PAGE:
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Marketplace: EPA’s last minute changes to fracking report downplayed risks

A protester urges EPA Administrator Lisa Jackson to intervene in Dimock's water woes last December.

Susan Phillips / StateImpactPA

A protester urges then EPA Administrator Lisa Jackson to intervene in Dimock’s water contamination during a visit by Jackson to Philadelphia in 2012. While leading the EPA, Jackson initiated the study on fracking.

New documents have emerged that show the EPA downplayed the risks of fracking in a landmark report on the process used to extract oil and gas from shale. The last minute changes made by the EPA are documented in a story by the public radio show Marketplace and APM Reports. The news outlets obtained documents that showed the EPA had changed language in the executive summary six weeks before its release to the public, which stated the agency did not find shale gas drilling resulted in “widespread systemic impacts” to drinking water. The documents also revealed similar changes to the accompanying press release.
Questions remain on who made the changes and why.
The EPA’s long-awaited report was supposed to settle the question once and for all on whether or not fracking for oil and gas damages water supplies, using science not politics. In Pennsylvania, there were already more than 250 documented cases in which fracking damaged private drinking water supplies.
But when the EPA’s draft report was issued in June of 2015, the executive summary read that fracking did not cause “widespread systemic impacts” on drinking water. The report was cheered by industry, and spurned by environmentalists.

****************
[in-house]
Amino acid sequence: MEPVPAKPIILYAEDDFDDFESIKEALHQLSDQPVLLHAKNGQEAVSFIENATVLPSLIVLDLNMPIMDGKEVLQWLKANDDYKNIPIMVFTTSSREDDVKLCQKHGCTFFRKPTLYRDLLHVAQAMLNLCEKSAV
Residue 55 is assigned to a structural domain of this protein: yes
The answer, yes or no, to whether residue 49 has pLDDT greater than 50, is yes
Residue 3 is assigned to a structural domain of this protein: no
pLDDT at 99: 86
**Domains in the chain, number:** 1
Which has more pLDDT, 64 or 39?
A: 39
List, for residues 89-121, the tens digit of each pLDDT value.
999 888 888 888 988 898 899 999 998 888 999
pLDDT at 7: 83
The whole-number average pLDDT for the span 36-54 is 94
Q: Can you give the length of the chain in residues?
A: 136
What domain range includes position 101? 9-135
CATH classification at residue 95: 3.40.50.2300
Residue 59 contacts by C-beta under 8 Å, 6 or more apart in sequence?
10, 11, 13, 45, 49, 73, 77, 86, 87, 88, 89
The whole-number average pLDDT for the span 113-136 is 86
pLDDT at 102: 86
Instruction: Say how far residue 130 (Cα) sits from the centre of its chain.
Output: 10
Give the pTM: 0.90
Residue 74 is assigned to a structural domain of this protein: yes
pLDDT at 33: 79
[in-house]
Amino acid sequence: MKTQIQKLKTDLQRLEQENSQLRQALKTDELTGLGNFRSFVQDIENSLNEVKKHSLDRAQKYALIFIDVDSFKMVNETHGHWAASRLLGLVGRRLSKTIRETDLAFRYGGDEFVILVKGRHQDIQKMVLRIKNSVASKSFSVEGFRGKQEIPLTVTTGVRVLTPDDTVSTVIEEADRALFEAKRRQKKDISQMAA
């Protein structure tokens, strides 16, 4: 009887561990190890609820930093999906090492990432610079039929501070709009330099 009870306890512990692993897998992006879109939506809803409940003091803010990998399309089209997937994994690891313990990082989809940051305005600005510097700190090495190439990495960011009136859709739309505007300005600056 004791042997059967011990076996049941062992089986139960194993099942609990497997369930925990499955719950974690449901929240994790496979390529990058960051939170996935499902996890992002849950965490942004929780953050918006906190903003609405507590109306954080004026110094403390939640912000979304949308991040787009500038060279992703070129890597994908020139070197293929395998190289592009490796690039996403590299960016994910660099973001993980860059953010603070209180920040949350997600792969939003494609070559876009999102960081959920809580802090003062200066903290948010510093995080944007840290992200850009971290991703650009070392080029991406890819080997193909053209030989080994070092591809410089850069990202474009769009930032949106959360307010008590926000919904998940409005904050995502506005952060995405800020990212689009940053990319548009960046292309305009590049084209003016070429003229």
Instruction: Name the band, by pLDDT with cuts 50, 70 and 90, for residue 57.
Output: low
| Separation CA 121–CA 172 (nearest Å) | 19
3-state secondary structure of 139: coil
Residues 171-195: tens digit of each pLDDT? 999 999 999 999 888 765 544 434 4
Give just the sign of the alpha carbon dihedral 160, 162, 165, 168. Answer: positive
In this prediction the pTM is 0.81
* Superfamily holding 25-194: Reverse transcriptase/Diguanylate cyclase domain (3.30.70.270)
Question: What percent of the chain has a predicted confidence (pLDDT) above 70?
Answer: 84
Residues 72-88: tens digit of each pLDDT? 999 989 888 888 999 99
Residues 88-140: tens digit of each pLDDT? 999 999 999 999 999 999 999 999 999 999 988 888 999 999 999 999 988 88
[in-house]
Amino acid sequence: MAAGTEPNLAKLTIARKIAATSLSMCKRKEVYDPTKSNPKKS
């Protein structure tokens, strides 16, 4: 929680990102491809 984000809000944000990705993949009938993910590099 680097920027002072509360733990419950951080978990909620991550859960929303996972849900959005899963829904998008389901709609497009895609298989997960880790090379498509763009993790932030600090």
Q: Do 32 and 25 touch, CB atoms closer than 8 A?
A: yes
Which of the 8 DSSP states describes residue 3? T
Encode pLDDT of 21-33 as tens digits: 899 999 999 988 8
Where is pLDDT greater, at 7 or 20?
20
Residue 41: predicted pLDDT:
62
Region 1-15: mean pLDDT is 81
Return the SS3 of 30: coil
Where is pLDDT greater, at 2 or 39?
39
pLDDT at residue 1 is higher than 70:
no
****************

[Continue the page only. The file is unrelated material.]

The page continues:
Reading the body of the report, however, and the science told a different story. The EPA’s own Science Advisory Board then issued a critical review of the EPA’s headline, saying the language confused the public and needed clarification.
Michael Halpern, with the Union of Concerned Scientists, sought documents from the EPA through a right-to-know request. What Halpern got was a big stack of redacted documents.
Halpern worries about scientific integrity at the EPA under a Trump administration. “Given the names that are circulating for key positions in the Trump administration, who are oil and gas industry insiders and lobbyists,” he said, “I’m very concerned that science that is critical to protecting public health and safety will be more vulnerable to spin and suppression.”
The Obama administration has pinned its climate change fight on the Clean Power Plan, which depends heavily on the use of natural gas as a bridge fuel to renewables. That plan, however, is in jeopardy. In addition to court challenges, president-elect Trump has said he plans to scrap it and encourage fossil fuel use.
Correction/clarification: An earlier version of this piece implied that the documents showing the changes to the EPA’s draft report were originally obtained by the Union of Concerned Scientists. The UCS did do it’s own right-to-know request. But Marketplace and APM Reports obtained the documents referenced in their piece from other sources. Also, Michael Halpern’s name was misspelled in the original story, it is Halpern, not Halperin.

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